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Triumvirs, after the Death of Julius
Conspirators againf Julius Cæfar.
Tribunes and Enemies to Cæfar.
Friends to Brutus and Caflius.
Servants to Brutus.
Ghost of Julius Cæfar,
Calphurnia, Wife to Cæfar.
Gwards and Attendants.
SCENE, for the three first Aets, at Rome: afterwards, at an INe near Mutina; at Sardis; and Philippi.
A C T I. SC EN E I.
A Street in Rome.
Enter Flavius, Marullus, and certain Gommoners,
Is this a holiday? what! know you nof,
Upon a labouring day, without the sign OF
your profeffion? speak, what crade are thou? Car. Why, Sir, a carpenter. Mar. Where is thy leather apron, and thy rule? What doft thou with thy beft apparel on?
What trade are you? Cob. Truly, Sir, in respect of a fine workman, I am but, as you would say, a cobler.
Mar. But what trade art thou ? answer me directly.
Cob. A trade, Sir, chat, I hope, I may use with a safe conscience ; which is, indeed, Sir, a mender
of bad foals.
Flav. What trade, thou knave? thou naughty knave, what trade?
Cob. Nay, I beseech you, Sir, be not out with me : yet if you be out, Sir, I can mend you.
Flav. What mean'st thou by that? mend me, thou faucy fellow? Cob. Why, Sir, cobble you. Flav. Thou art a cobler, art thou?
Cob. Truly, Sir, all, that I live by, is the awl: I meddle with no tradesmen's matters, nor woman's matters ; but with-all, I am, indeed, Sir, a furgeon to old shoes; when they are in great danger, I recover them. As proper men as ever
upon neatsleather have gone upon my handy-work.
Flav. But wherefore are not in thy shop to day? Why dost thou lead these men about the streets ?
Cob. “ Truly, Sir, to wear out their shoes, to get “ myself into more work.” But, indeed, Sir, we maké holiday to see Cæfar, and to rejoice in his triumph. Mar. Wherefore rejoice! - what conquest brings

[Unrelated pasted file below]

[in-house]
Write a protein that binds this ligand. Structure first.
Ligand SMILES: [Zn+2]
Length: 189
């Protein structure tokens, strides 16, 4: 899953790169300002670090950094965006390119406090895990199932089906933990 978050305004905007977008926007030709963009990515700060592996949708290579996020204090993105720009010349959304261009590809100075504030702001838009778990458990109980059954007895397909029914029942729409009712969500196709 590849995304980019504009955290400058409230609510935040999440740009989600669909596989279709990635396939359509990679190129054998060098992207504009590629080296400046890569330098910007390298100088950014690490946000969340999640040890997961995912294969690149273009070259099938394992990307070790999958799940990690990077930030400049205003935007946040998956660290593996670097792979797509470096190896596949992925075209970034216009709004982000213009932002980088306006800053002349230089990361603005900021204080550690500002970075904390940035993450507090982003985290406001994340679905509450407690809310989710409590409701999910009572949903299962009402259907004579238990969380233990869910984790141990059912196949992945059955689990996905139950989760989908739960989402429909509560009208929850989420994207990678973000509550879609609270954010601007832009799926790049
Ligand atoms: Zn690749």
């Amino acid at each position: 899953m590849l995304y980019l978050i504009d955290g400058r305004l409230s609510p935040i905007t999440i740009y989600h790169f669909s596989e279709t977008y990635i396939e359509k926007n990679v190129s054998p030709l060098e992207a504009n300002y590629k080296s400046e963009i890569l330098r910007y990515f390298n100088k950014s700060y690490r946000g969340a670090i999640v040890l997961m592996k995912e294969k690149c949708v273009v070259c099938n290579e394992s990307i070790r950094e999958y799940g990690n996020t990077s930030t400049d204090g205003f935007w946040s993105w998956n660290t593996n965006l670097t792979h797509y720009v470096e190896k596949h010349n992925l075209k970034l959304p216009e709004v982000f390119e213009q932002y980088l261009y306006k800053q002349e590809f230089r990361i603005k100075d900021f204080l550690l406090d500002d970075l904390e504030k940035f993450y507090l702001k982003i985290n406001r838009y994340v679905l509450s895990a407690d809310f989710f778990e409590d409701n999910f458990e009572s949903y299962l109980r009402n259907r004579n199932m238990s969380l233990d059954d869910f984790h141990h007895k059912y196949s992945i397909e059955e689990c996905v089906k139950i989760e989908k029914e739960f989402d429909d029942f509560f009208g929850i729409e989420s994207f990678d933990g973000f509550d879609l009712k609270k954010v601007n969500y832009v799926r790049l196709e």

he home? What tributaries follow him to Rome, To grace in captive bonds his chariot-wheels? You blocks, you stones, you worle than senseless things! O you hard hearts! you cruel men of Rome ! Knew you not Pompey? many' a time and oft Have you climb'd up to walls and battlements, To Towers and windows, yea, to chimney tops, Your infants in your arms; and there have fate The live-long day with patient expectation, To see great Pompey pass the streets of Rome : And when you saw his chariot but appear, Have you not made an universal shout, That Tyber trembled underneath his banks To hear the replication of your sounds, Made in his concave Thores?
And do you now put on your best attire?
Run to your houses, fall upon your knees,
Flav Go, go, good countrymen, and for that fault
Mar. May we do so ?
Flav. It is no matter, let no images
about, And drive away the vulgar from the streets : So do you too, where you perceive them thick. These growing feathers, pluckt from Cæsar's wing, Will make him fly an ordinary pitch; Who else would foar above the view of men, And keep us all in fervile fearfulness. [Exeunt severally.
. - deck'd with ceremonies.] Ceremonies, for religious orna. ments. Thus afterwards he explains them by Cæfar's trophies ; i. e, fuch as he had dedicated to the Gods.
-foar above she view of men,] Paterculus fays of this Cesar, animo fuper humanam & naturam & fidem evectus, which is finely expreised, if we understand it to fignify that he aspired to a power that was contrary to the rights of nature, and to the duty and good faisb he owed bis country.
Enter Cæsar, Antony, for the Course, Calphurnia,
Portia, Decius, Cicero, Brutus, Cassius, Casca, a
C&T. Stand you directly in Antonius' way,
Ant. Cæfar, my lord.
Cæs. Forget not in your speed, Antonius,
Ant. I shall remember.
Cæf. Set on, and leave no ceremony out.
Cef. Who is it in the Press, that calls on me?
Sootb. Beware the Ides of March.
[Exeunt Cæsar and Train.